I love working with cold weather items (cabbage, apples, salsify, persimmons) and alternative flours (buckwheat, chestnut, fava, chickpea.)

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Evan Sung

What do you like to eat or cook at home when you’re not working?

My wife and I try to keep a vegetarian diet outside of work. When dining out we visit restaurants similar to where we work for inspiration and points of reference.

Favorite restaurants?

Lilia, Vic’s, Upland, Han Dynasty, Uncle Boons

Alex McCrery – Founder Tilit NYC

Photography courtesy of Tilit and Huge GaldonesGreg VoreHeidi Geldhauser and Dan Dry.

Alex McCrery, a former chef turned designer, started Tilit with wife Jenny Goodman in 2012.  Their goal is to provide durable, functional and stylish American-made apparel for the hardworking people of the restaurant industry.

Can you tell us a little about where you grew up and how you got interested in food?

I grew up in Covington, Louisiana an hour outside New Orleans, my mom and grandmother were great cooks, I was a terrible eater and so in my early teens I started making stuff that I wanted to eat.  My mom was basically like.. “if you’re not eating my food make something for yourself or go hungry.”  And in New Orleans, Louisiana everyone is interested in food.  It’s just part of the culture.  After graduating highschool, I cooked a little bit and after college, I went into cooking full time.

What did you study?

Advertising, my degree has actually come in handy since we started the business. I went from Kansas where I went to school, to St. John in the Caribbean.  There was an eco resort that is not there anymore, but I basically worked to live.  I chose a job in the kitchen and that’s probably where I found out that I loved to cook.  They basically had a stockpile of frozen shit.  Everybody thinks the island has all this abundant fresh food but truth be told, it’s usually frozen stuff.  We got to cook whatever we wanted and people really loved my food and I think that was the catalyst for actually taking it seriously.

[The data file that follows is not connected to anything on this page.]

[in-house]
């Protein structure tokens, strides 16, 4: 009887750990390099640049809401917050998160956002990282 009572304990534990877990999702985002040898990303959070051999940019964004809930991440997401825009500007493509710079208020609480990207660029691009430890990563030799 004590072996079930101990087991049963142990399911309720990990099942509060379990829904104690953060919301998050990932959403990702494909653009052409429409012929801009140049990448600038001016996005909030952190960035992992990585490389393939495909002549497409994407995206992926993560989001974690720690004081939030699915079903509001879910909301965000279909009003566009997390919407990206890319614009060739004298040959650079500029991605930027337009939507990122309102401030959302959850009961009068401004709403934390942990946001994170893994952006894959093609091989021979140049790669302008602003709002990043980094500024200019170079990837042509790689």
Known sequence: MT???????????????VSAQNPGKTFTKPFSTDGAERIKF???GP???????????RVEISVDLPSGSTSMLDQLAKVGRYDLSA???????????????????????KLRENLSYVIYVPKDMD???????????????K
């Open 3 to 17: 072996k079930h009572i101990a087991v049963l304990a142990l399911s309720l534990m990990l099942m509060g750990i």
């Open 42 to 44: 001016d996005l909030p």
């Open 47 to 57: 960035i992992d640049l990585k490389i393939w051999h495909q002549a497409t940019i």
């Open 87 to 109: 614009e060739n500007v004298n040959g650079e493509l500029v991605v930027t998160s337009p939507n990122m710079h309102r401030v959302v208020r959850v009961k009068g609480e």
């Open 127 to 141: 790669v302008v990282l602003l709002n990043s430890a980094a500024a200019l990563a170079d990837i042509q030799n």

When I moved back from there to New Orleans, I gave myself six months to get a job in a real kitchen.  I worked first for a Vietnamese chef, who was a James Beard Award Winner Minh Bui  in New Orleans.  I actually went to Commander’s (Palace) first, applied and they told me I was crazy and had no food knowledge.  I could see them laughing at me inside the kitchen.  Which I thought was really rude and heartbreaking (laughs) at the time.  So I came back and applied six months later got the job and stayed there for three and a half years before moving to New York.

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Where was your first position in New York?

When I came to New York I worked at Aureole.  I went there to do a stage for the summer.  At the end of the summer, Hurricane Katrina happened so there were no jobs to go back to.  No house.   So I stayed in New York and took a job as the chef at Antonucci, which was an Italian Restaurant opening on the Upper East Side.  I ran that for 2 years,  From there I opened a restaurant in Brooklyn called GOODS.  As an owner and chef  and quickly closed it 6 months later.  As a former owner, that was a great learning experience, also heartbreaking but you have those ups and downs that keep you going.  During the same time I was also a private chef and continued that for 4 years while I started Tilit.

How did you get the idea to start the company?

It was a combination of being in the industry forever and wearing and hating the clothes.  Then when I went to private, I was the only one wearing the clothes.  And I was walking out on the street, going to the grocery store wearing the clothes and feeling absolutely ridiculous.  So it just felt like something had to be done.  So I went and searched for someone making something cool for chefs, nothing was there.  It was the same time that companies like Carhartt were going nuts with their ‘Work In Progress’ line.  And workwear in general became more popular streetwear, but no one would dare do it for chef wear.  So we had the crazy idea to do it.

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Did you start with aprons?